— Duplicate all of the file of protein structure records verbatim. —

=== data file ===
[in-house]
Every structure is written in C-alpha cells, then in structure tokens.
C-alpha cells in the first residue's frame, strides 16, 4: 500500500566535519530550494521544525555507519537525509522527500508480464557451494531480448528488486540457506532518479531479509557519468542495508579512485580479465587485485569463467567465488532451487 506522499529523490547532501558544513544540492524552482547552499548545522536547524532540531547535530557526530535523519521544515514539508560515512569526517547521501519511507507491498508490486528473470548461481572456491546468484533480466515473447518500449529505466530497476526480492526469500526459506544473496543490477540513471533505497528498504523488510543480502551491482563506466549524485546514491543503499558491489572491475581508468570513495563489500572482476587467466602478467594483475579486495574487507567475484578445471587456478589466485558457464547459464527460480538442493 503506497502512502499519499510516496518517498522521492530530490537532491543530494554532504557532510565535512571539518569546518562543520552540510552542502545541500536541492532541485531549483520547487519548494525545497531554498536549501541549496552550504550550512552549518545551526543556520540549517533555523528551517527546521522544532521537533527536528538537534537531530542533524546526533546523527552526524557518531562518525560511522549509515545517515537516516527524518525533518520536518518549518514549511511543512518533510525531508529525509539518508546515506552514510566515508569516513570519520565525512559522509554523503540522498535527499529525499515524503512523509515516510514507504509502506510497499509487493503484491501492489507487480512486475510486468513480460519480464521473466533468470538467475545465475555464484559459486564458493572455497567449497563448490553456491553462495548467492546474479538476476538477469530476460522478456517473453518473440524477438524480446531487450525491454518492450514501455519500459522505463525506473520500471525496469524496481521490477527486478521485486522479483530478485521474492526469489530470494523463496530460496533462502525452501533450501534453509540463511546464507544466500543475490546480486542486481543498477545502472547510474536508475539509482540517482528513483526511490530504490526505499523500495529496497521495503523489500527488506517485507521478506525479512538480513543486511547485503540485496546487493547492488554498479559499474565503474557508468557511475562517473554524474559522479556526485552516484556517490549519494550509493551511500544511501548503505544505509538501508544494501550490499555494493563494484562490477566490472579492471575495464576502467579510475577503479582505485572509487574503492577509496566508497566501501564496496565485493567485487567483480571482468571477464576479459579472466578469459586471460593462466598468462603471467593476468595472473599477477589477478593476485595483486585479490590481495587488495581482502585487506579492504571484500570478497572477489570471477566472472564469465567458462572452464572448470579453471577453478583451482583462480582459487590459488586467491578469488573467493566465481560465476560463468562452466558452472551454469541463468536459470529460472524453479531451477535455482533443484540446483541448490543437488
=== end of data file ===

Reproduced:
[in-house]
Every structure is written in C-alpha cells, then in structure tokens.
C-alpha cells in the first residue's frame, strides 16, 4: 500500500566535519530550494521544525555507519537525509522527500508480464557451494531480448528488486540457506532518479531479509557519468542495508579512485580479465587485485569463467567465488532451487 506522499529523490547532501558544513544540492524552482547552499548545522536547524532540531547535530557526530535523519521544515514539508560515512569526517547521501519511507507491498508490486528473470548461481572456491546468484533480466515473447518500449529505466530497476526480492526469500526459506544473496543490477540513471533505497528498504523488510543480502551491482563506466549524485546514491543503499558491489572491475581508468570513495563489500572482476587467466602478467594483475579486495574487507567475484578445471587456478589466485558457464547459464527460480538442493 503506497502512502499519499510516496518517498522521492530530490537532491543530494554532504557532510565535512571539518569546518562543520552540510552542502545541500536541492532541485531549483520547487519548494525545497531554498536549501541549496552550504550550512552549518545551526543556520540549517533555523528551517527546521522544532521537533527536528538537534537531530542533524546526533546523527552526524557518531562518525560511522549509515545517515537516516527524518525533518520536518518549518514549511511543512518533510525531508529525509539518508546515506552514510566515508569516513570519520565525512559522509554523503540522498535527499529525499515524503512523509515516510514507504509502506510497499509487493503484491501492489507487480512486475510486468513480460519480464521473466533468470538467475545465475555464484559459486564458493572455497567449497563448490553456491553462495548467492546474479538476476538477469530476460522478456517473453518473440524477438524480446531487450525491454518492450514501455519500459522505463525506473520500471525496469524496481521490477527486478521485486522479483530478485521474492526469489530470494523463496530460496533462502525452501533450501534453509540463511546464507544466500543475490546480486542486481543498477545502472547510474536508475539509482540517482528513483526511490530504490526505499523500495529496497521495503523489500527488506517485507521478506525479512538480513543486511547485503540485496546487493547492488554498479559499474565503474557508468557511475562517473554524474559522479556526485552516484556517490549519494550509493551511500544511501548503505544505509538501508544494501550490499555494493563494484562490477566490472579492471575495464576502467579510475577503479582505485572509487574503492577509496566508497566501501564496496565485493567485487567483480571482468571477464576479459579472466578469459586471460593462466598468462603471467593476468595472473599477477589477478593476485595483486585479490590481495587488495581482502585487506579492504571484500570478497572477489570471477566472472564469465567458462572452464572448470579453471577453478583451482583462480582459487590459488586467491578469488573467493566465481560465476560463468562452466558452472551454469541463468536459470529460472524453479531451477535455482533443484540446483541448490543437488